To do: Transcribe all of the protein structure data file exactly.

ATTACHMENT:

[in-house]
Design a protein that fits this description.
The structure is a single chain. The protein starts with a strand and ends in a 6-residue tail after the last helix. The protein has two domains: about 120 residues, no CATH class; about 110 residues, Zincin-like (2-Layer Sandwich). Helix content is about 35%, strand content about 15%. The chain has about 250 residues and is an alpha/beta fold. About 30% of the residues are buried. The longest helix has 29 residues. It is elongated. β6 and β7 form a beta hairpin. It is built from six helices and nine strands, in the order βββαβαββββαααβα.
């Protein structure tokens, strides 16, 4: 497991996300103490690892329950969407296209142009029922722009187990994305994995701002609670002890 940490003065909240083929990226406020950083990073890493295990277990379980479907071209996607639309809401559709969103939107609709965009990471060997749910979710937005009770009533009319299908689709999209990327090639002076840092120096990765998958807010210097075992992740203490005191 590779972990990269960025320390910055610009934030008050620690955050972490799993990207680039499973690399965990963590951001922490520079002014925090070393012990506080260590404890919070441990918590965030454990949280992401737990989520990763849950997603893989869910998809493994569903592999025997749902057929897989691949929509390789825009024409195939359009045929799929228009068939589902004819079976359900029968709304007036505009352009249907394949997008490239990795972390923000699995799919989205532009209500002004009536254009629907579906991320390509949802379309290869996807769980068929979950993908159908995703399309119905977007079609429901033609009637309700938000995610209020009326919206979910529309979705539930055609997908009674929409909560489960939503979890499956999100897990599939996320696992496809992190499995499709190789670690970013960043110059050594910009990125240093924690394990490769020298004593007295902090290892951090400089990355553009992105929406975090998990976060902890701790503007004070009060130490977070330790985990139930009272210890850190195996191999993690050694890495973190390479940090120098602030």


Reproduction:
[in-house]
Design a protein that fits this description.
The structure is a single chain. The protein starts with a strand and ends in a 6-residue tail after the last helix. The protein has two domains: about 120 residues, no CATH class; about 110 residues, Zincin-like (2-Layer Sandwich). Helix content is about 35%, strand content about 15%. The chain has about 250 residues and is an alpha/beta fold. About 30% of the residues are buried. The longest helix has 29 residues. It is elongated. β6 and β7 form a beta hairpin. It is built from six helices and nine strands, in the order βββαβαββββαααβα.
């Protein structure tokens, strides 16, 4: 497991996300103490690892329950969407296209142009029922722009187990994305994995701002609670002890 940490003065909240083929990226406020950083990073890493295990277990379980479907071209996607639309809401559709969103939107609709965009990471060997749910979710937005009770009533009319299908689709999209990327090639002076840092120096990765998958807010210097075992992740203490005191 590779972990990269960025320390910055610009934030008050620690955050972490799993990207680039499973690399965990963590951001922490520079002014925090070393012990506080260590404890919070441990918590965030454990949280992401737990989520990763849950997603893989869910998809493994569903592999025997749902057929897989691949929509390789825009024409195939359009045929799929228009068939589902004819079976359900029968709304007036505009352009249907394949997008490239990795972390923000699995799919989205532009209500002004009536254009629907579906991320390509949802379309290869996807769980068929979950993908159908995703399309119905977007079609429901033609009637309700938000995610209020009326919206979910529309979705539930055609997908009674929409909560489960939503979890499956999100897990599939996320696992496809992190499995499709190789670690970013960043110059050594910009990125240093924690394990490769020298004593007295902090290892951090400089990355553009992105929406975090998990976060902890701790503007004070009060130490977070330790985990139930009272210890850190195996191999993690050694890495973190390479940090120098602030």